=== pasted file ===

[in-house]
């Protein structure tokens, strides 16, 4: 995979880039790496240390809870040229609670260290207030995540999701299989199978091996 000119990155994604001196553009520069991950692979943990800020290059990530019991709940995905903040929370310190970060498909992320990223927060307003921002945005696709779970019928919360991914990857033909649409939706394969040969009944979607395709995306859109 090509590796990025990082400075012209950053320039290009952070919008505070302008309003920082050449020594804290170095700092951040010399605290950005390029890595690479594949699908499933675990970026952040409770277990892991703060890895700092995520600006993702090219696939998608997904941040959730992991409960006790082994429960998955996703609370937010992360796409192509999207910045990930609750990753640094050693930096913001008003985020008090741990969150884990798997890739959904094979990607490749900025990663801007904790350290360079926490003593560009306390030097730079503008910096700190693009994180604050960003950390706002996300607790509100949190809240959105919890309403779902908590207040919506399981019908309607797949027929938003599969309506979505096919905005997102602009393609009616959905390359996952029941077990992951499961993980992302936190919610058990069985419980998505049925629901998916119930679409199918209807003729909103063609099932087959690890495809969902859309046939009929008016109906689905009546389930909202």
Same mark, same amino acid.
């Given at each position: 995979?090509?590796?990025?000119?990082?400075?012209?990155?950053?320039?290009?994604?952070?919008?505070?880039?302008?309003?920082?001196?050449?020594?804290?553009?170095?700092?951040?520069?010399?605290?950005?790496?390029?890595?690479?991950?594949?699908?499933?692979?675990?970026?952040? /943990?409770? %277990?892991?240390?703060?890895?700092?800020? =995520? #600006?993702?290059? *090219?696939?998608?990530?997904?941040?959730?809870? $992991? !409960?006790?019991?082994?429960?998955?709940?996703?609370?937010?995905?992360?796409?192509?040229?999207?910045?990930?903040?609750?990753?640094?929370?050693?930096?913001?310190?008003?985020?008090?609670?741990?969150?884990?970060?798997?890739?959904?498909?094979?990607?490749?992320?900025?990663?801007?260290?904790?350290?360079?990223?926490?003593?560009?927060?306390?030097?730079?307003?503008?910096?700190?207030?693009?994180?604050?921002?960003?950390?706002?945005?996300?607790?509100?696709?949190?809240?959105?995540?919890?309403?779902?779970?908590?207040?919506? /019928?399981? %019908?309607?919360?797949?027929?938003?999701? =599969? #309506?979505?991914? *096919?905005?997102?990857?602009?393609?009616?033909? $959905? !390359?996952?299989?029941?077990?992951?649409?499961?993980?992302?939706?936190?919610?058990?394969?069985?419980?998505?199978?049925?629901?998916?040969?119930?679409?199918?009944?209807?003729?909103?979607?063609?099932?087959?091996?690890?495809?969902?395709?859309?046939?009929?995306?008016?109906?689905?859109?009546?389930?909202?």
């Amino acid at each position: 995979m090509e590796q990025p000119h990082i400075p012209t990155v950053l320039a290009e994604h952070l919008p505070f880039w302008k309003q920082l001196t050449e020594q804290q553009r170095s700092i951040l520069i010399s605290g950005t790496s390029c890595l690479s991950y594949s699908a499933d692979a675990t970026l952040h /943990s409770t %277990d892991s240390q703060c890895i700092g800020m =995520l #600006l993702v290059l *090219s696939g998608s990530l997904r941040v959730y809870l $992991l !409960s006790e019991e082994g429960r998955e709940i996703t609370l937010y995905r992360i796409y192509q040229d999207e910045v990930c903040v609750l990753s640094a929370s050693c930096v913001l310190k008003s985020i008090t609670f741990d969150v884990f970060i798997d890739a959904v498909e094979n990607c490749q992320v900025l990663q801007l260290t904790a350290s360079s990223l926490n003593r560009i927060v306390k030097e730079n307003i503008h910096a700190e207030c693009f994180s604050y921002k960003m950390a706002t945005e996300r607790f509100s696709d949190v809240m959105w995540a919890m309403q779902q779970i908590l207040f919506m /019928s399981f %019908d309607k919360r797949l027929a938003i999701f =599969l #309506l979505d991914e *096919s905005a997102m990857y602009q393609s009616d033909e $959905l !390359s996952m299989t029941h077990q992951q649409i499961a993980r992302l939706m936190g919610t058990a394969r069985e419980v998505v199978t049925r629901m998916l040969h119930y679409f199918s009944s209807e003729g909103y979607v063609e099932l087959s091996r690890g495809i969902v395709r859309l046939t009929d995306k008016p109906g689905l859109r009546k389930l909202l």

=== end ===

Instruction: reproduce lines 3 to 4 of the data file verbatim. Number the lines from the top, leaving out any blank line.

Same mark, same amino acid.
């Given at each position: 995979?090509?590796?990025?000119?990082?400075?012209?990155?950053?320039?290009?994604?952070?919008?505070?880039?302008?309003?920082?001196?050449?020594?804290?553009?170095?700092?951040?520069?010399?605290?950005?790496?390029?890595?690479?991950?594949?699908?499933?692979?675990?970026?952040? /943990?409770? %277990?892991?240390?703060?890895?700092?800020? =995520? #600006?993702?290059? *090219?696939?998608?990530?997904?941040?959730?809870? $992991? !409960?006790?019991?082994?429960?998955?709940?996703?609370?937010?995905?992360?796409?192509?040229?999207?910045?990930?903040?609750?990753?640094?929370?050693?930096?913001?310190?008003?985020?008090?609670?741990?969150?884990?970060?798997?890739?959904?498909?094979?990607?490749?992320?900025?990663?801007?260290?904790?350290?360079?990223?926490?003593?560009?927060?306390?030097?730079?307003?503008?910096?700190?207030?693009?994180?604050?921002?960003?950390?706002?945005?996300?607790?509100?696709?949190?809240?959105?995540?919890?309403?779902?779970?908590?207040?919506? /019928?399981? %019908?309607?919360?797949?027929?938003?999701? =599969? #309506?979505?991914? *096919?905005?997102?990857?602009?393609?009616?033909? $959905? !390359?996952?299989?029941?077990?992951?649409?499961?993980?992302?939706?936190?919610?058990?394969?069985?419980?998505?199978?049925?629901?998916?040969?119930?679409?199918?009944?209807?003729?909103?979607?063609?099932?087959?091996?690890?495809?969902?395709?859309?046939?009929?995306?008016?109906?689905?859109?009546?389930?909202?």